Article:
Tracy Taylor lived in a common law relationship with Robert Miller for about 9 years. She did not know before his tragic death on July 10, 2006, that he had a young son, not quite three at his death.
Mr. Miller knew of his son, but never met him. He had seen pictures of his son, and spoke proudly of him to some friends. He also sent some money and gifts for his son.
Mr. Miller appointed Ms. Taylor his executor in his will, and left to her his entire estate, which was worth approximately $400,000. Ms. Taylor also received his interest in their home by right-of-survivorship, which is not included in Mr. Miller’s estate.
The Public Guardian and Trustee of British Columbia brought a claim in the Supreme Court of British Columbia under the Wills Variation Act on behalf of Mr. Miller’s son. The Wills Variation Act allows the court to vary a will in British Columbia, if the will did not include adequate provision for a spouse or child. There are surprising few reported cases concerning Wills Variation Act claims of minor children.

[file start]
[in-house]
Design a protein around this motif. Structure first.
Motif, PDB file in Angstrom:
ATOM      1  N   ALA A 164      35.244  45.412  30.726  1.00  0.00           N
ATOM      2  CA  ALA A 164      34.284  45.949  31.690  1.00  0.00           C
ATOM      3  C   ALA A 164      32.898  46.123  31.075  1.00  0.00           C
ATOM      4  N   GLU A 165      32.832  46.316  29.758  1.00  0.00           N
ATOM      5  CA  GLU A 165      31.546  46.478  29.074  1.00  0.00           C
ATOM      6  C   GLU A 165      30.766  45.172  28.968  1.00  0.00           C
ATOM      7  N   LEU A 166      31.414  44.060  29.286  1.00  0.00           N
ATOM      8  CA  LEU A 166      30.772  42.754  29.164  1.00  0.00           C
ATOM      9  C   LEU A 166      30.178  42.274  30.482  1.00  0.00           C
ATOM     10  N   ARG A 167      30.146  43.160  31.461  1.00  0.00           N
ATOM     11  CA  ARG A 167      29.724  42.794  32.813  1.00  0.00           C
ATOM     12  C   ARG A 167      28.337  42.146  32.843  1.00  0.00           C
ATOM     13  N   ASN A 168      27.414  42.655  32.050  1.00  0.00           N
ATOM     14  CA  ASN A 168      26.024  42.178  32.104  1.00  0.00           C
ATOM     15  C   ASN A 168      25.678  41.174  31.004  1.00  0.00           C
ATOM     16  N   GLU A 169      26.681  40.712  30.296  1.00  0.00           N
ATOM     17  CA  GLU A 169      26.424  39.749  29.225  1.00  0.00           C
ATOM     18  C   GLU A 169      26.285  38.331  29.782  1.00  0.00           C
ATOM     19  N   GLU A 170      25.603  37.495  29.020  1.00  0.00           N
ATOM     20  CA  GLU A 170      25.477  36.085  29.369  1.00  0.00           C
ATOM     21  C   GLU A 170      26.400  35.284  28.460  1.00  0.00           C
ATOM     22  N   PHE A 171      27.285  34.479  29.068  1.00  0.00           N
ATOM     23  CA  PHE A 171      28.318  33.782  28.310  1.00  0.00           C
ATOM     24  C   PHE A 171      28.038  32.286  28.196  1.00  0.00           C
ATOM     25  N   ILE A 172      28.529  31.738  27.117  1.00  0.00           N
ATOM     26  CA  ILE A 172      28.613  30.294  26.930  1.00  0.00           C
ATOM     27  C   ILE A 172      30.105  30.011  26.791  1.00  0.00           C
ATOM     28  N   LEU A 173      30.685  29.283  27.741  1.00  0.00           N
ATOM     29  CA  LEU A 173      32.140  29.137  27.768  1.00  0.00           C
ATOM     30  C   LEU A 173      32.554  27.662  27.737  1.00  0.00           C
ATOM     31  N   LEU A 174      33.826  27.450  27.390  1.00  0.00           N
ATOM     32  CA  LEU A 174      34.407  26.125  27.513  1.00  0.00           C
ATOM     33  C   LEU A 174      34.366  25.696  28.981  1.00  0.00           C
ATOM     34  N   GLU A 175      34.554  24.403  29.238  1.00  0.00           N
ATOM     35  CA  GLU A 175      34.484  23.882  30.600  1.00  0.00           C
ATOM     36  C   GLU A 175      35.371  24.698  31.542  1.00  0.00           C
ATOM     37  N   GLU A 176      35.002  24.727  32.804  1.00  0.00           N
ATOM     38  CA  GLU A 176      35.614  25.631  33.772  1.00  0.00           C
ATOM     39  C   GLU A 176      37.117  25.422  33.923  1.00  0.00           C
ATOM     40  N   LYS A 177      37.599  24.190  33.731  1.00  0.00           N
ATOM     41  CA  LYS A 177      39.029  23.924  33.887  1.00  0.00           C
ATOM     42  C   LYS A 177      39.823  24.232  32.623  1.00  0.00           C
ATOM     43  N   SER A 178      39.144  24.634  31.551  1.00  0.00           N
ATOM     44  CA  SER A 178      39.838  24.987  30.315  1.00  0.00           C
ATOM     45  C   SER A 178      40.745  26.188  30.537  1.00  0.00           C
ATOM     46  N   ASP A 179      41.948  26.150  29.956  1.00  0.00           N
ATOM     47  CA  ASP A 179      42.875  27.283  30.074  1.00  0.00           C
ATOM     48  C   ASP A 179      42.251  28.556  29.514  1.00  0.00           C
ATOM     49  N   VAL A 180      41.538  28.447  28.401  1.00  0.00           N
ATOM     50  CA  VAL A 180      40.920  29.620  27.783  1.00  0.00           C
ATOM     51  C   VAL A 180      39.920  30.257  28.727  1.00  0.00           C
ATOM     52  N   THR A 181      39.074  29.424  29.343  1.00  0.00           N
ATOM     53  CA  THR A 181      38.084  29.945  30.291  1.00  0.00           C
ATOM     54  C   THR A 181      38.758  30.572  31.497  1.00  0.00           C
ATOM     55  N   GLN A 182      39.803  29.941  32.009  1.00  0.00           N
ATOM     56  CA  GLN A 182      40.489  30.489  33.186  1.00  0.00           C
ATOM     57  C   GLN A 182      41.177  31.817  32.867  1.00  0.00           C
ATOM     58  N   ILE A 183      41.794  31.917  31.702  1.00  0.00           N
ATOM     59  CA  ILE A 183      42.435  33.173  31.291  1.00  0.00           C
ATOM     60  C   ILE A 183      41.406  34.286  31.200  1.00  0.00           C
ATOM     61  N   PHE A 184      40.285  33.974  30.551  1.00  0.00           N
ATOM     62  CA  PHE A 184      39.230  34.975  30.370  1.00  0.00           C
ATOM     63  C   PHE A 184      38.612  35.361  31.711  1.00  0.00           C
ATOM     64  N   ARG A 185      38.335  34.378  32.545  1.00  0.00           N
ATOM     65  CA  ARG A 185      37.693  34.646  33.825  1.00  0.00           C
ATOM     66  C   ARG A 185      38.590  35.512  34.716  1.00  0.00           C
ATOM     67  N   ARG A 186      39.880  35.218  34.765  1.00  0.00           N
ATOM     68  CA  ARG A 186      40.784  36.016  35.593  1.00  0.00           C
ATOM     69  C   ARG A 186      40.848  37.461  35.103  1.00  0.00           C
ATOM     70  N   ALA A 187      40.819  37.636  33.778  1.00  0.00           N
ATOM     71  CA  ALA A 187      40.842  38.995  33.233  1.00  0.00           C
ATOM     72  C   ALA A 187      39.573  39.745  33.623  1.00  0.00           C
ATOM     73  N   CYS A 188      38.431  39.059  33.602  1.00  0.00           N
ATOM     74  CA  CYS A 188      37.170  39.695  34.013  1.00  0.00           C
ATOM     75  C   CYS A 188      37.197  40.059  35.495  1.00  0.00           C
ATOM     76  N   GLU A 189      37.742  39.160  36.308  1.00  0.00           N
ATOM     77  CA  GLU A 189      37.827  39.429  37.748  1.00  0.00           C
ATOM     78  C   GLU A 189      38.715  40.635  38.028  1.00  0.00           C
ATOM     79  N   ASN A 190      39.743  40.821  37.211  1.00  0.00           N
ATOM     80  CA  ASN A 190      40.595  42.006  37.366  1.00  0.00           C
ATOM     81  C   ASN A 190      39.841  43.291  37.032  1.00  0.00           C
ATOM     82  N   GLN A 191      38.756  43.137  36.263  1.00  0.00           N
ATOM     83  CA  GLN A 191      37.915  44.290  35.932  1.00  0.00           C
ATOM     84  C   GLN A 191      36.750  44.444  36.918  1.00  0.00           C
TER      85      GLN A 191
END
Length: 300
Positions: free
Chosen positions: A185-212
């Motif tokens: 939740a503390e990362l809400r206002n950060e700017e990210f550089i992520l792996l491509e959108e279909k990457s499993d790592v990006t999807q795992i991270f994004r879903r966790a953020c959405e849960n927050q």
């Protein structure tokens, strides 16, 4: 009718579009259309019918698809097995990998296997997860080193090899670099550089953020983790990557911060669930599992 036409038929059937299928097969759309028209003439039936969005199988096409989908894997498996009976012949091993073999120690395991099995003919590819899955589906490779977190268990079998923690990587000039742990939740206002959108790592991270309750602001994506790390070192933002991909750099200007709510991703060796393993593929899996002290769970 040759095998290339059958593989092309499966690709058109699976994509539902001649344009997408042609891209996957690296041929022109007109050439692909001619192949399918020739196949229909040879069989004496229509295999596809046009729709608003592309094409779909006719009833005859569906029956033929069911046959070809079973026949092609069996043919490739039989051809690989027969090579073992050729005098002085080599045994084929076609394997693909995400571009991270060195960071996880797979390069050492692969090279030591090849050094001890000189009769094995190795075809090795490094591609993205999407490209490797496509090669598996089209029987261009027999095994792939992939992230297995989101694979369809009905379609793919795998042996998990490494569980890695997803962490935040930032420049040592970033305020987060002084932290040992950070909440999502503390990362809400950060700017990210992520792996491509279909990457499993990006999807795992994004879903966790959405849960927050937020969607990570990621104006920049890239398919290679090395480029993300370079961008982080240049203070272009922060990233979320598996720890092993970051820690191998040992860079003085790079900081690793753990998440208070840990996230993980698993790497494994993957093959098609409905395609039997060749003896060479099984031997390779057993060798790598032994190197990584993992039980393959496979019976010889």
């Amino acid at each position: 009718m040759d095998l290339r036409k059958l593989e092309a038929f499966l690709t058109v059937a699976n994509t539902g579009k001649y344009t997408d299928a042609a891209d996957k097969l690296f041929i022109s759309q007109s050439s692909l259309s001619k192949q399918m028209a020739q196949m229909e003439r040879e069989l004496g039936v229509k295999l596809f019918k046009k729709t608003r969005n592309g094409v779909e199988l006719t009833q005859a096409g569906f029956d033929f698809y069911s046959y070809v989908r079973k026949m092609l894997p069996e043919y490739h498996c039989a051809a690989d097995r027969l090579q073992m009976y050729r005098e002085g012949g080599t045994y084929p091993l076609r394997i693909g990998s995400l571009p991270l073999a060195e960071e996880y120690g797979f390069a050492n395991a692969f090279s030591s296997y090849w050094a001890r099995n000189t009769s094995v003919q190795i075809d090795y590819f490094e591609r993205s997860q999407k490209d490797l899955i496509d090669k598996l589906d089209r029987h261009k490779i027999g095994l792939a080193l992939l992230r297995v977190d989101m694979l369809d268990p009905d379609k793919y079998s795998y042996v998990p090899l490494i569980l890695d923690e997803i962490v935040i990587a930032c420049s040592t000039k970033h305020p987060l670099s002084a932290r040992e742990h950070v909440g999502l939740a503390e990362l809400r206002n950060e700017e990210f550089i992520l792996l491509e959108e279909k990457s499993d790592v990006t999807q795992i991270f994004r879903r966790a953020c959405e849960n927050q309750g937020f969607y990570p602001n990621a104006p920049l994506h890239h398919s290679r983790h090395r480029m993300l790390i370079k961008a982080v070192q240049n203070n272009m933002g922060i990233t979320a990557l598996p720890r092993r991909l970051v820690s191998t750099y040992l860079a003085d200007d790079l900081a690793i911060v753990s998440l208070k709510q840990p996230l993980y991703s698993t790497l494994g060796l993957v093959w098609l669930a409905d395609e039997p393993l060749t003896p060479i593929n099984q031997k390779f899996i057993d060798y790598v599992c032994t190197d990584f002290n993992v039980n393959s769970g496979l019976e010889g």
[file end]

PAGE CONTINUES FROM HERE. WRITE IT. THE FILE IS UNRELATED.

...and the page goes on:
In reasons for judgment released last week, in K.D.M.B. v. Taylor, 2008 BCSC 1498, Madam Justice Gill considered Mr. Miller’s legal and moral obligations to both his son and Ms. Taylor.
Ms. Taylor argued that Mr. Miller had legal obligations to her because she contributed to the value of his estate, assisting him in buying and renovating homes for rental and resale. She argued that Mr. Miller’s legal obligation to his son was limited to child support, which would have amounted to about $45,000 until the child attained the age of 19 based on the Child Support Guidelines. She argued that Mr. Miller’s moral obligation to his son was tenuous in light of the fact that they didn’t have a relationship. Her position at trial was that Mr. Miller’s son should receive 25% of the estate.
The Public Guardian and Trustee, on the other hand, argued that Ms. Taylor had net assets of approximately $1,000,000 derived largely from her relationship to Mr. Miller. The Public Guardian and Trustee asked for an award of 90% of the estate.
Madam Justice Gill found that Ms. Taylor had made some contributions to the family’s wealth, but that Mr. Miller made greater financial contributions. She expressed concerns that Mr. Miller’s tax returns did not fully reflect his income, and that Ms. Taylor’s calculations of child support were, accordingly, not helpful. She also rejected the argument that Mr. Miller did not have any moral obligations to his son.
The court awarded Mr. Miller’s son 65% of the estate. These funds will be held in trust by the Public Guardian and Trustee of British Columbia until he attains the age of 19.